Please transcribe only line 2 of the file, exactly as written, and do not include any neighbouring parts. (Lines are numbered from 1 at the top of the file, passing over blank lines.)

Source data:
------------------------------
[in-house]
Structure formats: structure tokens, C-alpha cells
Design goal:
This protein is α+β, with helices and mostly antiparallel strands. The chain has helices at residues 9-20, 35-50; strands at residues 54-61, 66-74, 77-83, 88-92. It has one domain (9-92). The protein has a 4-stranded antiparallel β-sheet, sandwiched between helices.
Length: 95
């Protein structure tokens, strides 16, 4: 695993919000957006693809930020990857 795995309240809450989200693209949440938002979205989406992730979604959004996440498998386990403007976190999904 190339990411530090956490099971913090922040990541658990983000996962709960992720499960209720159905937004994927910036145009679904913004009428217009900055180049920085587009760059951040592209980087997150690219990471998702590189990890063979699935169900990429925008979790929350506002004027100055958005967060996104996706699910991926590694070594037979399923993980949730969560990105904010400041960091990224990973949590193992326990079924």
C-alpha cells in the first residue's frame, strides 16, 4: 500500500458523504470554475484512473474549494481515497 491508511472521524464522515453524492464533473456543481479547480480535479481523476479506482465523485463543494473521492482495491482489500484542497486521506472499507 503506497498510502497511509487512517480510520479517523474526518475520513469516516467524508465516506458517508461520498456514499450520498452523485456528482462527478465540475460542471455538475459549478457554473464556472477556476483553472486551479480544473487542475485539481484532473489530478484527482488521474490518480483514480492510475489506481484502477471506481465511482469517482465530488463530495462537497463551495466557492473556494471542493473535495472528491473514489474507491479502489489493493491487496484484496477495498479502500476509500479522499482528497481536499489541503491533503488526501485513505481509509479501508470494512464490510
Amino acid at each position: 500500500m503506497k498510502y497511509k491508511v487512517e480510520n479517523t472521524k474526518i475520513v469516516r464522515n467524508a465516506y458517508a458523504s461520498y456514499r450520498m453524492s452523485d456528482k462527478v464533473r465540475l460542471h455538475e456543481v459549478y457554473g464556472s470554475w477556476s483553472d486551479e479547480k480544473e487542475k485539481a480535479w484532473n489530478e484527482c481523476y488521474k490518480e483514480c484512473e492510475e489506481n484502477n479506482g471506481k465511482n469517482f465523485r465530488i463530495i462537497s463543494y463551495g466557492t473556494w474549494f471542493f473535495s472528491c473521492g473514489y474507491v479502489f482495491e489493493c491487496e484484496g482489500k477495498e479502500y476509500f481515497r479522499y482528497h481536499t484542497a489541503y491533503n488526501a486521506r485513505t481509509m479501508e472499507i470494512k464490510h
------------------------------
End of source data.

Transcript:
Structure formats: structure tokens, C-alpha cells